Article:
What does Perfect Play mean for Video Poker?

Simply put, perfect play means holding cards of a given hand that lead to the best possible expected value. Expected value is the average value of all possible outcomes. In the long-run, perfect holding gives the best average return. A perfect hold is also called an optimal hold. This app always shows perfect holds.

How important is this? Suppose you were dealt the following cards in a Jacks or Better video poker game:

Simply put, perfect play means holding cards of a given hand that lead to the best possible expected value. Expected value is the average value of all possible outcomes. In the long-run, perfect holding gives the best average return. A perfect hold is also called an optimal hold. This app always shows perfect holds.

How important is this? Suppose you were dealt the following cards in a Jacks or Better video poker game:

What should you hold? The best hold depends on the game AND on the payouts for the various types of outcomes. For one common set of Jacks or Better payouts (called the full-pay or 9-6 payouts) the best hold is:

Surprisingly, for another pay table (called the 9-5 pay table) where the only difference is that a Flush pays 5 coins per coin wagered instead of 6, the best hold is:

Had a player chosen this latter hold when playing the 9-6 game, the expected outcome would be 7.13% lower. That adds up! Furthermore, many players choose far worse non-optimal holds. This app hopes to rectify that situation.

If you think this is an isolated case, you would be wrong. Fully 11,568 hands (627 not counting suit permutations of hands) should be played differently between these two pay tables.

If you think this is an isolated case, you would be wrong. Fully 11,568 hands (627 not counting suit permutations of hands) should be played differently between these two pay tables.

What about Multiple Best Plays?

Surprisingly, it may be the case that multiple hold hands can lead to the same expected value of outcomes

Hold Hands with Equal Expected Values

Consider the video poker game Deuces Wild. With certain payouts (i.e., for the pay table labeled 800-200-25-15-9-4-4-3), the following hand has two different holds giving the same optimal expected value (see here how you can display all possible hold hands and their expected values and standard deviations for a given dealt hand.)

One discards the ten of Spades:

and the other discards the Jack of Hearts

Although these both give the same expected payout, the standard deviations - the potential spread of the outcomes - is much higher for the latter case. This is easy to see for this case. If the first hold is held, the worst possible outcome is Four of a Kind (paying 4 units) and the best, Five of a Kind (paying 15 units). If the second option is held, the worst outcome is Three of a Kind (paying 1 unit) and the best a Wild Royal Straight Flush (paying 25 units). The former case has a smaller low to high possible spread of payouts than the latter case.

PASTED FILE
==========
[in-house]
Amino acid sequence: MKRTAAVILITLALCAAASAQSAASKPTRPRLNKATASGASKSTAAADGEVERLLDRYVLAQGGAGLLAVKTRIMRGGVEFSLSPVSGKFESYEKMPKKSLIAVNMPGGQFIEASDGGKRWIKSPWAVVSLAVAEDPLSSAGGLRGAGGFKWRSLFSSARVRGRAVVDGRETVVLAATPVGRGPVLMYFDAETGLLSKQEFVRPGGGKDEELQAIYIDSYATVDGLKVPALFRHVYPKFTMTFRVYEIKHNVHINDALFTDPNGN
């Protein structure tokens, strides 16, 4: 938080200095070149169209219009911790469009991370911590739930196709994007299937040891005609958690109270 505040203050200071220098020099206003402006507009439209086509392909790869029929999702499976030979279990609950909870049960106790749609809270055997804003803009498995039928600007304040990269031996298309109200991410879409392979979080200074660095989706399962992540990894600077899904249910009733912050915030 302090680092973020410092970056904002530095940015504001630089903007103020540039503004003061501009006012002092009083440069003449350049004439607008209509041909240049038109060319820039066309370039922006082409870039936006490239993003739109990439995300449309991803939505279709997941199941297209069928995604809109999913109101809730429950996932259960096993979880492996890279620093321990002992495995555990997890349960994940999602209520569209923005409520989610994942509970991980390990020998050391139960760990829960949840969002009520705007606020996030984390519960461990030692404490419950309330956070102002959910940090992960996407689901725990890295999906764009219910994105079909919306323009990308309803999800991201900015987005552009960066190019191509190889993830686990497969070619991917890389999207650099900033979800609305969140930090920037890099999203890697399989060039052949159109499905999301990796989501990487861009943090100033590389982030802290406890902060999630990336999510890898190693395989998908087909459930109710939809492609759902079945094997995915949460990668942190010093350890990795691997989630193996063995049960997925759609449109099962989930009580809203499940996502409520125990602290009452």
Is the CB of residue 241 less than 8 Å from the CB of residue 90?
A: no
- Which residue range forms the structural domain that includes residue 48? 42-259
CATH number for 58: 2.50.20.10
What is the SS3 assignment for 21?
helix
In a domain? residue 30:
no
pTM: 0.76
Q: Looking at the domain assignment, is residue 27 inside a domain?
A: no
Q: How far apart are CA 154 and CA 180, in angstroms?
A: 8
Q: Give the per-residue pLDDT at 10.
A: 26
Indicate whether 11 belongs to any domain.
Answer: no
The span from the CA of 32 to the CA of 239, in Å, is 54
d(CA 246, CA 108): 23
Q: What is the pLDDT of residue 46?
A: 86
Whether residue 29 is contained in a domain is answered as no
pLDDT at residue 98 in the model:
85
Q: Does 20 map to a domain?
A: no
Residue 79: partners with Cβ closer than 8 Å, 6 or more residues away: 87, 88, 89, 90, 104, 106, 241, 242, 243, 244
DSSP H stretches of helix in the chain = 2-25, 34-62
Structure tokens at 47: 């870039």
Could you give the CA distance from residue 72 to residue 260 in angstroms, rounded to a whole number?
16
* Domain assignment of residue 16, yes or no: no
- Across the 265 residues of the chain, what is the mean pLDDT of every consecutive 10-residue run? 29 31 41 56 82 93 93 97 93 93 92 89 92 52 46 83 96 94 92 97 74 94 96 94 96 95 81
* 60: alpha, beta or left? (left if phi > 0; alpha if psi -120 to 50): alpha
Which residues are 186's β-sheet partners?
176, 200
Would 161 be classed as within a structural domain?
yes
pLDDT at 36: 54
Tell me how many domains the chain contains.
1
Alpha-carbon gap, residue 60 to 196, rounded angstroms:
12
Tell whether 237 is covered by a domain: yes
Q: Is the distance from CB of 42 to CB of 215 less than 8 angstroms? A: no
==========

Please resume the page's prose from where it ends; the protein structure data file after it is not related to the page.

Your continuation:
The technical details are as follow. Both holds give an expected outcome of $4.9362 for every dollar wagered. So, over the long-run, both holds are equivalent. However, the standard deviation for the first hand is $3.0694 and for the latter, $7.1798. Conservative players may prefer the lower spread case where others may want to "go for it" hoping for the higher outcomes - well, this is gambling after all. Of course, they may end up with a lower worse case. In the short run, only luck dictates who would be better-off.

The technical details are as follow. Both holds give an expected outcome of $4.9362 for every dollar wagered. So, over the long-run, both holds are equivalent. However, the standard deviation for the first hand is $3.0694 and for the latter, $7.1798. Conservative players may prefer the lower spread case where others may want to "go for it" hoping for the higher outcomes - well, this is gambling after all. Of course, they may end up with a lower worse case. In the short run, only luck dictates who would be better-off.

This app will recommend the former hold when the default option "break expected value ties using the one with a smaller standard deviation" is set (see Settings). Otherwise the maximum standard deviation hold will be shown. (The player can toggle between the two and examine a table showing all the trade-offs)

Hold Hands with Equal Expected Values and Standard Deviations

In other cases there are equal expected values AND equal standard deviations, so one is really indifferent between which to play. In this case the app breaks ties in its recommendation by choosing the hand with the greater or fewer number of cards according to a user-selected setting. For example, in Jacks or Better, the following hand has two optimal hold hands:

One can hold the four Aces or one can hold all five cards. The app lets you toggle between the two, but uses the recommended hand in the Game Play mode to track optimal play winnings.

Hold Hands with Equal Expected Values, Standard Deviation, and Number of Cards

Unbelievably, perhaps, there may still be equivalent tied, optimal hold hands. For certain Deuces Wild games, the following hand yields two optimal hold hands having the same expected value of outcomes, the same standard deviations and the same number of hold cards:

The two equivalent hold plays are hold the fours or hold the fives. The app breaks these ties using the user selected setting for either choosing the hand having the lower denomination cards (i.e., the pip) or the one with the higher one. The app lets you toggle between the two.

Very rarely - we know of only two cases across all our games and pay tables - there can be a three way tie. For example in Joker Poker (2 Pair) with pay table 100-800-100-100-16-8-5-4, for the hand:

The following shows the three tied hold hands. As one can see, the hands are sorted using the lowest denominations to break ties.

The other hand is: